In truth, the only aspect of the game the felt like an important decision was the declaration. Everything else was pretty obvious. Moving cards and such is always towards the opponent’s King or moving the card into a better position to help other cards get the King. The only restriction are the resources and you can get cards pretty easily. It’s Gold and Mana that are hard to come by. Unfortunately, players cannot win either while attacking. They must collect them instead of obtaining them as spoils of war.
Magic is interesting, but ultimately either useless or terribly devastating, with no real gray area in between. If played right and at the right time, an “Earthquake” Spell card will win the game. The same spell, used early in the game, is nothing more than a nuisance. Timing is more important with Spells than what it targets. This was a neat touch in a game that was primarily about aggressive plays.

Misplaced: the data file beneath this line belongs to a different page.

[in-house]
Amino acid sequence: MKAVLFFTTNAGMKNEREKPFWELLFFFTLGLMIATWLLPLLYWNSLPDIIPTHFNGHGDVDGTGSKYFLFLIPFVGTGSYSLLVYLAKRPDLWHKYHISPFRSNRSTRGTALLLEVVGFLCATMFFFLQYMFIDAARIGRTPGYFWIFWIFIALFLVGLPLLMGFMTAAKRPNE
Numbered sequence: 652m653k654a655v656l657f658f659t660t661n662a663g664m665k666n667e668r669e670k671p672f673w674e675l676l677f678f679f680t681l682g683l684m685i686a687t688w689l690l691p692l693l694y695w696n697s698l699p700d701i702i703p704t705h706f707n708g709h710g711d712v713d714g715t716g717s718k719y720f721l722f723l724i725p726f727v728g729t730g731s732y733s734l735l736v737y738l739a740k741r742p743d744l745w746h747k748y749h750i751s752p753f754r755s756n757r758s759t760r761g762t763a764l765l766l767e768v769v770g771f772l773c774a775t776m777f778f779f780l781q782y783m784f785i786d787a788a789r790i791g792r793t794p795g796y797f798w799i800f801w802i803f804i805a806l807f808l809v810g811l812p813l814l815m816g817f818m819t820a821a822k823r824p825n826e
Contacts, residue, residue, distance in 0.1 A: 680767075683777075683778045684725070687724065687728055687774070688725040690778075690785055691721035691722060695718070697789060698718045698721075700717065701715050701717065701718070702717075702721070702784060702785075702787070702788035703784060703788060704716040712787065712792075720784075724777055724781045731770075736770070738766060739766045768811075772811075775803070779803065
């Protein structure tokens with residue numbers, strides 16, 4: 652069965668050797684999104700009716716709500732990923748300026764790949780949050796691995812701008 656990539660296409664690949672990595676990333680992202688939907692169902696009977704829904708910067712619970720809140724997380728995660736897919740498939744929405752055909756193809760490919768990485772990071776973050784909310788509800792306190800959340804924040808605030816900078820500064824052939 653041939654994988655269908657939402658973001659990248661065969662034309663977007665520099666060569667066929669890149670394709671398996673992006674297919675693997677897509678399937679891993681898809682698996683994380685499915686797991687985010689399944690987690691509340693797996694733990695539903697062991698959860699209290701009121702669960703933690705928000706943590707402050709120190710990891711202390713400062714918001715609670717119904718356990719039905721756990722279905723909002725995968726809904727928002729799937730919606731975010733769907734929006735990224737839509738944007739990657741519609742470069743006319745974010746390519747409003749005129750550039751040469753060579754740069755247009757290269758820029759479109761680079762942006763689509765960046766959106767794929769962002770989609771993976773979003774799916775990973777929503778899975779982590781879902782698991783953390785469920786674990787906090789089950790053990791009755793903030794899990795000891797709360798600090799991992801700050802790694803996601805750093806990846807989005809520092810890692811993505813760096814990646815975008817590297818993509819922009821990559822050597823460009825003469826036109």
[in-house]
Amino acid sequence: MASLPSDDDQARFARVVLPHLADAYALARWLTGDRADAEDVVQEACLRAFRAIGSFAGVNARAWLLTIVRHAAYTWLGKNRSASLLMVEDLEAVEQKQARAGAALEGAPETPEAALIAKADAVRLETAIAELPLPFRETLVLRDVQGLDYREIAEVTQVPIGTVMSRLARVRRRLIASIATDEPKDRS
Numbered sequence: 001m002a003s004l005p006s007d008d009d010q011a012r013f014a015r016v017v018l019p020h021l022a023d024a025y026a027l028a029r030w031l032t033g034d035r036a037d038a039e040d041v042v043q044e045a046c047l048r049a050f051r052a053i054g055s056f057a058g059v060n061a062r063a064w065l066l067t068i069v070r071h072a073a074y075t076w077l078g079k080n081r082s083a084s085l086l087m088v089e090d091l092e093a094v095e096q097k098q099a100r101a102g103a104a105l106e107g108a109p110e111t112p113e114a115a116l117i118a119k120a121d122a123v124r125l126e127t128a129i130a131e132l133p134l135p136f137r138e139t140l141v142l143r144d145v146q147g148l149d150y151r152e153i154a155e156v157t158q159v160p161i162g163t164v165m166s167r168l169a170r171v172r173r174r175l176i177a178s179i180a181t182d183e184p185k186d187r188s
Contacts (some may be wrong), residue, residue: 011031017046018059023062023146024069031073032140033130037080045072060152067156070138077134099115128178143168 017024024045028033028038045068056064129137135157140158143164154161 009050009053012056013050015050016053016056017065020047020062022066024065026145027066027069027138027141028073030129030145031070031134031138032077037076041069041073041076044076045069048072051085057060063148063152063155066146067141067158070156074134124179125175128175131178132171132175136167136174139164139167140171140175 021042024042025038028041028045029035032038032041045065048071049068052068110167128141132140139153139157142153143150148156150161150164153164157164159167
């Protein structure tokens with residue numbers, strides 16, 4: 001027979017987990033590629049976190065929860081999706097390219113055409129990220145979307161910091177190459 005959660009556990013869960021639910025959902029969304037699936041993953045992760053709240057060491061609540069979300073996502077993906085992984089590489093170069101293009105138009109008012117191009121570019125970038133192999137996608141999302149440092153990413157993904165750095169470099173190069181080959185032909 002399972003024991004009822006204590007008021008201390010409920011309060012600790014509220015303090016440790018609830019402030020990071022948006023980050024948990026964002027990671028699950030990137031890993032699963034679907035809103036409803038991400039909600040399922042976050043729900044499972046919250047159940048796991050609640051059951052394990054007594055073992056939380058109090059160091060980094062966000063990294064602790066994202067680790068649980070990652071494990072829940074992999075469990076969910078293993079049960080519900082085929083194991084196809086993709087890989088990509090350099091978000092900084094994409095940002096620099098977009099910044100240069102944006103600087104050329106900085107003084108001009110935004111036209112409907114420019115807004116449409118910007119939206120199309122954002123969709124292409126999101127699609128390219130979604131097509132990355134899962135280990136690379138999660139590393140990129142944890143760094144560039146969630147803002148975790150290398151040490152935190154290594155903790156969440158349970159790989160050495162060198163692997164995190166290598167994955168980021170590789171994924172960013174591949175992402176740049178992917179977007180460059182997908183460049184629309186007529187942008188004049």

The tactical and strategic game play is abundant, but also pretty obvious. There are always meaningful choices to be made, but seldom are there significant negative results to hinder a player’s ability to take action. Which is a very good thing. Nothing hurts game play more than long bouts of players over thinking their move. Limited movement and resources always keep the battlefield tidy and the choices are sometimes limited, but not restrictive.